About a block and a half from our house, the streets were quiet but still filled with water. Residents in these houses had been evacuated by boat in the wee hours of the morning.
In William Street Park, the flood flow had receded a bit, but the ducks were still happily swimming around in the park.
And in the afternoon, when the terror had passed, I had a private moment in my back yard with the water and light and magic.
Up to 14,000 people were flooded out of their homes, and many more had damage to their buildings, yards and cars. Evacuation centers were set up for people whose homes were later invaded by dangerous molds, and even now some people are still living there. Fortunately there was no loss of life.
Pat began being interviewed for news reports. Visitors and former neighbors from as long ago as 25 years dropped in to see us and the creek.
The yard finally emptied after a few days and the chickens were returned to their home.
Everything had a scoured look, but soon the green sprouts began to cover this. We are still hearing chain saw aplenty from all the trees that were downed by their saturated roots.
Because we are an urban creek, we had plenty of debris. Now that the trees are leafing out this is less obvious, and we’ve dispatched most of the trash.
Many news stories reported that this was the heaviest flooding in California in memory, but this is an old story in California. It is sobering to read this account of extreme flooding in the very early days of California, long before anyone had ever heard of climate change. “That winter was a very wet winter,” writes Joan Didion in Where I Was From, “raining night and day for weeks. It was always called the winter of the Flood as the levee broke on the east side of Sacramento and the city was a lake of water, boats running up and down the streets and small houses floating around like dry goods boxes. This was in 1861 and 1862.” As a descendant of these Californians, she has a deep respect for the water management in this state, and wrote rather lyrically of a visit to the Operations Center of the State Water Project in an essay fittingly titled “Holy Water,” in 1979 when the state was coming out of one of its cyclical droughts.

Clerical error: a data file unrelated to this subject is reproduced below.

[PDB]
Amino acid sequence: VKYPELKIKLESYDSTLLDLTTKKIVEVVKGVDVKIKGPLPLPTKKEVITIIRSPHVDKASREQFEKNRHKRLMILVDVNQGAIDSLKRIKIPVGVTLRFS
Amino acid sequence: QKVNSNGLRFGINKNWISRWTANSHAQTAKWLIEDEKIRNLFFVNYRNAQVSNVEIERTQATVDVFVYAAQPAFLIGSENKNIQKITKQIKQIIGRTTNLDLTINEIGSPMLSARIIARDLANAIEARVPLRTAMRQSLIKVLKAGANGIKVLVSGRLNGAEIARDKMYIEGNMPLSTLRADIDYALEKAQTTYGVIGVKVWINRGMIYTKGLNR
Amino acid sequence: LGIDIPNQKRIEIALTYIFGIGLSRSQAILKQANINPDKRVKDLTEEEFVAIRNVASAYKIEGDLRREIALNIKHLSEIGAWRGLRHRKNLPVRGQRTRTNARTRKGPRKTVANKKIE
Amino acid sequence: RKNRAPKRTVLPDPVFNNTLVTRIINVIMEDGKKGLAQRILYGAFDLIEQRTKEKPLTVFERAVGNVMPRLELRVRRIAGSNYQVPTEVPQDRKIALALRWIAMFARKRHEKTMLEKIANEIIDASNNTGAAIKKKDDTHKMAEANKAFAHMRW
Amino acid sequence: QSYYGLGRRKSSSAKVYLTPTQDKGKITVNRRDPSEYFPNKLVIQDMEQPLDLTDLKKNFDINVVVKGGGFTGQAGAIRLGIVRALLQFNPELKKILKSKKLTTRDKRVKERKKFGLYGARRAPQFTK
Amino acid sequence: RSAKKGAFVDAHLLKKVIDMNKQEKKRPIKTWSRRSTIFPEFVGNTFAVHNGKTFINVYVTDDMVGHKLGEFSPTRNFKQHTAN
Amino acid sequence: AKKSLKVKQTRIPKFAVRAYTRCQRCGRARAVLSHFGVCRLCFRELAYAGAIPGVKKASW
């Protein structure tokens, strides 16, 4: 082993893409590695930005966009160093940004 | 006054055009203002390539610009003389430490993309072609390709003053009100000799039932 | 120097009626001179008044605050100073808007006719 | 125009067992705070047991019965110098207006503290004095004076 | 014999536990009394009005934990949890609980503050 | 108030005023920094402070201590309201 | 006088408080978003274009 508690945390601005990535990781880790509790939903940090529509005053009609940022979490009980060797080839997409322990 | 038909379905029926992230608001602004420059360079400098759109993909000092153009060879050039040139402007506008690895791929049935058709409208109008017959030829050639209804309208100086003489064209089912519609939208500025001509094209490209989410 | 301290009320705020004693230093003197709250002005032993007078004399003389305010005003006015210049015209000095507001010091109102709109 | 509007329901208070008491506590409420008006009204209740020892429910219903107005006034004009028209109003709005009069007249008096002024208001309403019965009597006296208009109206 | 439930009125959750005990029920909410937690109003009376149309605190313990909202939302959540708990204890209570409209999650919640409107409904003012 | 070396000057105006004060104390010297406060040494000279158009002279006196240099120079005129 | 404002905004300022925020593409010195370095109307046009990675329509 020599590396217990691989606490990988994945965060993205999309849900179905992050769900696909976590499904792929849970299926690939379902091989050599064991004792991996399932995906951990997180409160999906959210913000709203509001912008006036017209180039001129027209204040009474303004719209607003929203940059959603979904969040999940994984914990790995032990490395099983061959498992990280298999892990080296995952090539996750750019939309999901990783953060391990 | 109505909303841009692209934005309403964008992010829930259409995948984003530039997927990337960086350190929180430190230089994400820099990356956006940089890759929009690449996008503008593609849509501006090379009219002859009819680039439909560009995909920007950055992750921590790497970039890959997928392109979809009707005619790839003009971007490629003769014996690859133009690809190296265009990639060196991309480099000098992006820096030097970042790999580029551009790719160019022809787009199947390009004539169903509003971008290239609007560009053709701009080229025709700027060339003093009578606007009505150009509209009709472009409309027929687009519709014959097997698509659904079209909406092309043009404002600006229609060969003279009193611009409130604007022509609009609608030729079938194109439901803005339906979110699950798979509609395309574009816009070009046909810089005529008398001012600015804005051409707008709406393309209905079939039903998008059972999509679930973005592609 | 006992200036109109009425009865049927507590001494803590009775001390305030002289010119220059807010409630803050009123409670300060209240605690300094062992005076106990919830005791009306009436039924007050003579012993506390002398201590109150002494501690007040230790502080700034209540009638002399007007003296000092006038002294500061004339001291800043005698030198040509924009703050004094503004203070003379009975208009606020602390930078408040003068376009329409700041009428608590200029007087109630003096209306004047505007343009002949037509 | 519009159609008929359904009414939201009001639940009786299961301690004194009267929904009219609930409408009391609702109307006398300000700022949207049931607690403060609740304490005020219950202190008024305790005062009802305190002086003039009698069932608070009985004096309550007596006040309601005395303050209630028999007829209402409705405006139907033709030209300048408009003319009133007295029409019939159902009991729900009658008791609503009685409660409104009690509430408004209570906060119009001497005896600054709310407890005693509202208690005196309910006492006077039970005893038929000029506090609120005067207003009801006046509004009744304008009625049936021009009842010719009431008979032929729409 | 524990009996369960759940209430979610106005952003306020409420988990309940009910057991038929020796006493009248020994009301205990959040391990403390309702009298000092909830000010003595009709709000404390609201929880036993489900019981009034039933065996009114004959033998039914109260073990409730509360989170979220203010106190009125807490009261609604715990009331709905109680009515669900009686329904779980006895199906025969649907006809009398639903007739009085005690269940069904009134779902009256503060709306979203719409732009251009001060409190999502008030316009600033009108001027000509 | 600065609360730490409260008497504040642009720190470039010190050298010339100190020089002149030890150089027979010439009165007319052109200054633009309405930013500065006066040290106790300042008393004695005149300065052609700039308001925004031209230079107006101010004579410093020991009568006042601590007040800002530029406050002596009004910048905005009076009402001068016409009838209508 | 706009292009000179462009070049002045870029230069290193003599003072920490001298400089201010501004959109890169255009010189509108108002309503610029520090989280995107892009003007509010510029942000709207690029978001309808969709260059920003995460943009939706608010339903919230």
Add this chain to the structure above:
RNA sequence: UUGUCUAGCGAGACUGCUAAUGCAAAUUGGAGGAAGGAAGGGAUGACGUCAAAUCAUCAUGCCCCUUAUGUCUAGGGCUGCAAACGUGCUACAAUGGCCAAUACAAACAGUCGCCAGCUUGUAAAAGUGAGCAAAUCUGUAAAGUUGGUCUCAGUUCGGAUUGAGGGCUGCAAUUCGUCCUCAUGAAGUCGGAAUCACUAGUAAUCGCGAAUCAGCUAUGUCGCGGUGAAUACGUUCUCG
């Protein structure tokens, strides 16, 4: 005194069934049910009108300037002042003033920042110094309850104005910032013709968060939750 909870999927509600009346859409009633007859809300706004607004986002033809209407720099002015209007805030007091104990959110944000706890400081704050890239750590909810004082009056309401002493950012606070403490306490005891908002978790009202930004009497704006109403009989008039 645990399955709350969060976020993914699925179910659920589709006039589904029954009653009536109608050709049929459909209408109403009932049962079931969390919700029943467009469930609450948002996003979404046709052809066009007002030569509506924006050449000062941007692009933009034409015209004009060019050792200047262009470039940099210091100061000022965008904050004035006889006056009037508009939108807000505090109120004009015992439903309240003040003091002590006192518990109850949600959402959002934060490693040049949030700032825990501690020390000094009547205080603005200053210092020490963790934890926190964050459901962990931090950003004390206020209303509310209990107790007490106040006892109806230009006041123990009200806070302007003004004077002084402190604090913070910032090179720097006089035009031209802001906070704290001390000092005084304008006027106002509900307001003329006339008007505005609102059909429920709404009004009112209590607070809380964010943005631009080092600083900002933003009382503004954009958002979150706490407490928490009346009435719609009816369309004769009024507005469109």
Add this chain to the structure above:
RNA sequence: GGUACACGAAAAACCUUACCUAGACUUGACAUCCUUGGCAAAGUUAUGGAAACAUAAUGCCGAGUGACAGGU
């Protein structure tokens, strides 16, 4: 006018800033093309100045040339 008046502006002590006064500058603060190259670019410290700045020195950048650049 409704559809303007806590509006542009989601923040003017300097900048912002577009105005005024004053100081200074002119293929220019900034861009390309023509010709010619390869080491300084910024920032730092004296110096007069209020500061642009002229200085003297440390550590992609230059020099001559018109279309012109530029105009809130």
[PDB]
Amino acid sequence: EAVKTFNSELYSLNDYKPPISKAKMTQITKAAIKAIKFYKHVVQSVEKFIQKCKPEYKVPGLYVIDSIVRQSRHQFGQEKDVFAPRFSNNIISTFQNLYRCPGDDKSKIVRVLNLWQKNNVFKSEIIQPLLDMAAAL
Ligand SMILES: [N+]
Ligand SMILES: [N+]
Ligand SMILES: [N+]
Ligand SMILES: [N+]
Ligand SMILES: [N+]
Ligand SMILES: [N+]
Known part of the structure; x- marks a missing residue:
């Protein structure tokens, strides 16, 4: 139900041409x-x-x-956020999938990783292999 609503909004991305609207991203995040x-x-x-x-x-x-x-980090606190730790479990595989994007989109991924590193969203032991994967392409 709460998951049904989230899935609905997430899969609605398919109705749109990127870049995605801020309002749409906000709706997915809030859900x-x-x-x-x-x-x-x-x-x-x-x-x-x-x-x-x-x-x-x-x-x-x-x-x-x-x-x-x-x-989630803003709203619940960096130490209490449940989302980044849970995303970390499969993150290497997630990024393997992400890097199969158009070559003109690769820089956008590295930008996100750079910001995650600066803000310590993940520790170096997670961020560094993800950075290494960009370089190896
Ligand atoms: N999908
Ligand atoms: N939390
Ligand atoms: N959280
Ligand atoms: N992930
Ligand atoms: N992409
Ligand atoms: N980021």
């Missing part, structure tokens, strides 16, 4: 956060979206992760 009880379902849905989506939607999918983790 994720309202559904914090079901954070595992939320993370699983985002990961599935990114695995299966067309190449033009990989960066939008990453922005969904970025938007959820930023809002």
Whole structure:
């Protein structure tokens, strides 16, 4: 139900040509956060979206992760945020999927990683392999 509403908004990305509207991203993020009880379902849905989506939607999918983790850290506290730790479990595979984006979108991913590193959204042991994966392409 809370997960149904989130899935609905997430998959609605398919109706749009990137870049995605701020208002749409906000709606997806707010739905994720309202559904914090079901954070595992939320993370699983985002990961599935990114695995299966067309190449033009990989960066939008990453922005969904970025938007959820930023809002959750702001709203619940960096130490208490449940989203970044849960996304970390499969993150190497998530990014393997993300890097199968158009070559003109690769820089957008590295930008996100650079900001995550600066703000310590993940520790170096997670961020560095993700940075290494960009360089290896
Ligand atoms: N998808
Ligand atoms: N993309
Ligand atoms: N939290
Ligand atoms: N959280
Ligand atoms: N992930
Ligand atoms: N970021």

A flood can come fast or slow, a rush of water or a seeping, advancing tide, but when it comes, there is no stopping it. Sandbags help, levees might hold the water, but only just and only for a while. History is full of great floods. It is the way of water, to flood, or to not rain and bring drought. We have come to expect that the engineers can make any land habitable, can always make the right decisions and hold nature back.
There were many mistakes made during this flood: warnings and notifications of the coming waters could and should have been better coordinated and delivered to residents who were most in danger. In some cases, people received their first official alert after their homes were filled with water.
Surely climate change is having its say, and we will see more extreme weather events. At the same time, it has always been thus in California. The waters rise and recede and we who live alongside them, who might forget that great Nature is not so far away in our city jungle, are reminded when the water is at our doorstep.
So while I watched the merciless rush of water go by in our backyard, and listened to its rumbling voice from inside my house, I had that deep helpless feeling that every ancestor I ever had must have felt in the presence of flood, drought, fire, hurricane, earthquake. We live on this Earth at Her pleasure. Our clever builders plan and promise, but in the end, She will have her way with us.
It is raining in California. And some of us are right to be nervous about it.